Grit, experience of Webster and Ariza pay off

Grit, experience of Webster and Ariza pay off
April 22, 2013, 2:45 am
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Washington Wizards small forward Martell Webster (9) and point guard John Wall (2) hug after their win over the Los Angeles Lakers at the Staples Center.

(Jayne Kamin-Oncea-USA TODAY Sports)

The Wizards (29-53) may look different next season as they set their sights on making a legitimate run for the playoffs. This is the third in a series breaking down the roster by position, how they fared and what's ahead. Small forwards:

Martell Webster

Numbers game: 11.4 points, 3.9 rebounds, 1.9 assists, 44.2% FG shooting, 42.2% 3FG shooting, 84.8% FT shooting.

2013-14 status: He made $1.6 million on a one-year deal and becomes an unrestricted free agent going into his ninth season. PG John Wall wants him back and Webster made clear he wants to return.

Where he excels: Three-point range put him among the top 3 in the NBA until an abdominal injury derailed his effectiveness. Webster is a catch-and-shoot specialist and is a solid defender. Coach Randy Wittman credits him immensely for the positive turnaround in the locker room culture.

Quick fixes: Webster could benefit from becoming a ball-handler to help relieve the pressure on Wall and give himself more scoring options.

He said it: "Right now it’s just rest. I’m going to coordinate with Eric Waters, our trainer, and we’ll see what the next step is. As of right now, I don’t see surgery being in the future (for abdominal injury). But we’re going to have to continue to communicate and figure out what we’re going to do with this."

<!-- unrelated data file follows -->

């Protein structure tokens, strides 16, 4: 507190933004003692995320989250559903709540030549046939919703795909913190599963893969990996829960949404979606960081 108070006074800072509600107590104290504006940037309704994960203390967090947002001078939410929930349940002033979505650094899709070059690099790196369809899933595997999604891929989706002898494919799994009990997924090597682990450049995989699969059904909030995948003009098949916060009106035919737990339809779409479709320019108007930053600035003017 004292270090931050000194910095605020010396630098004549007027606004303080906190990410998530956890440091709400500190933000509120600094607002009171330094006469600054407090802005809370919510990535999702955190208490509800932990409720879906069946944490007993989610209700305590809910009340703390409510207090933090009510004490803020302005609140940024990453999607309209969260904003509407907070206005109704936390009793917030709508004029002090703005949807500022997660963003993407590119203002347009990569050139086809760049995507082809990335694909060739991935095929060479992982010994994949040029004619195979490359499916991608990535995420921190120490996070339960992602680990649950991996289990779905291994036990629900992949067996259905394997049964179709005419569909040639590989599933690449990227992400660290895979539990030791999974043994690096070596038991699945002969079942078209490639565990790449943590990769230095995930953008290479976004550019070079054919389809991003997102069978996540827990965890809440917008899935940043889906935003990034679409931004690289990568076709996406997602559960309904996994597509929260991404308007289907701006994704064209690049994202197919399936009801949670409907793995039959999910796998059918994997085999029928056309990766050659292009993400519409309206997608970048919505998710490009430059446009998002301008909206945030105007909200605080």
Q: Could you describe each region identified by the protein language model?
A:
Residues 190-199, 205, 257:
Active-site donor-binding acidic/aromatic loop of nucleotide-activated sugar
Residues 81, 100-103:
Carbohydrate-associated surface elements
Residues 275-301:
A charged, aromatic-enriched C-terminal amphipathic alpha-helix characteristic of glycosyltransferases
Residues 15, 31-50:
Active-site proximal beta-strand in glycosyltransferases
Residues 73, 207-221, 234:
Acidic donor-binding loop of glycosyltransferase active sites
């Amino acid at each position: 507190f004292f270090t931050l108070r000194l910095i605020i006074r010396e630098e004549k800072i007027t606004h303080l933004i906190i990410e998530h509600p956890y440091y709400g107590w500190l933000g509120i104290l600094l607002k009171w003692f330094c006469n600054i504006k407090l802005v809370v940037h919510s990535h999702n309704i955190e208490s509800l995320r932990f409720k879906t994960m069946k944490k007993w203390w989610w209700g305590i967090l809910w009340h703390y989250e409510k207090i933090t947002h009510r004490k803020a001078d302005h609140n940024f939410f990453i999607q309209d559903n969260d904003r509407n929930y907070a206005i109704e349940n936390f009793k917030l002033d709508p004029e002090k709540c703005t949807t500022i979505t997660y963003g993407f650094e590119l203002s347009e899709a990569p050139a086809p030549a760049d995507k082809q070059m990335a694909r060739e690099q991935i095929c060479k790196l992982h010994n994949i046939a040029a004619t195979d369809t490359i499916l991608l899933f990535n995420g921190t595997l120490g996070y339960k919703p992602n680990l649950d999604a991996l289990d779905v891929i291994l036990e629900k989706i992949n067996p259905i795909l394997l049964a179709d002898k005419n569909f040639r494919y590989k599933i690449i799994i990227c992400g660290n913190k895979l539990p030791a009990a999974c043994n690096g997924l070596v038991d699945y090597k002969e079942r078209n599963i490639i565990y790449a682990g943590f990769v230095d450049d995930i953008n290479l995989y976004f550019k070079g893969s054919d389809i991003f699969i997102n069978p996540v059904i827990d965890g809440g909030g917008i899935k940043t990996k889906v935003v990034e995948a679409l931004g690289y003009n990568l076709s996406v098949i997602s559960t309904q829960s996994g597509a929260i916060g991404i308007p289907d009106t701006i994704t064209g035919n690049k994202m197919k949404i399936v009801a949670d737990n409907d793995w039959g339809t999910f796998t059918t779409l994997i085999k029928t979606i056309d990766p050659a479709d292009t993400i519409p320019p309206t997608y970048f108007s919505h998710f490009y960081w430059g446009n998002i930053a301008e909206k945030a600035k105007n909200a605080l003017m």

Grade: B+

Trevor Ariza

Numbers game: 9.5 points, 4.8 rebounds, 2.0 assists, 1.3 steals, 41.7% FG shooting, 36.4% 3FG shooting, 82.1% FT shooting.

2013-14 status: Ariza, going into his 10th season, has a player option for the final year of his contract which will pay him $7.7 million. He said he won’t opt-out come July 1.

Where he excels: Ariza is the team's best one-on-one defender. At 6-8, he's long and quick enough to guard the swing position without much help. Shot a career-high percentage from long range and gets his share of hockey assists.

Quick fixes: Ariza wasn't happy with his finishing in the paint. He didn't have the same explosion because of issues with his left knee that kept him out the last five games of the regular season. Coach Randy Wittman tried to play him in the backcourt with Wall when Bradley Beal went down, but Ariza's lack of ball-handling proved problematic and he returned to being a sixth man.

He said it: "We had some good times to the season, some real good stretches, and some stretches that weren't so great. Early on it was rough for us, but as everybody got healthy, I think we got better as a team once we figured out what each other likes to do. That’s when it was fun. Losing sucks. It sucks to not be in the postseason."

Grade: B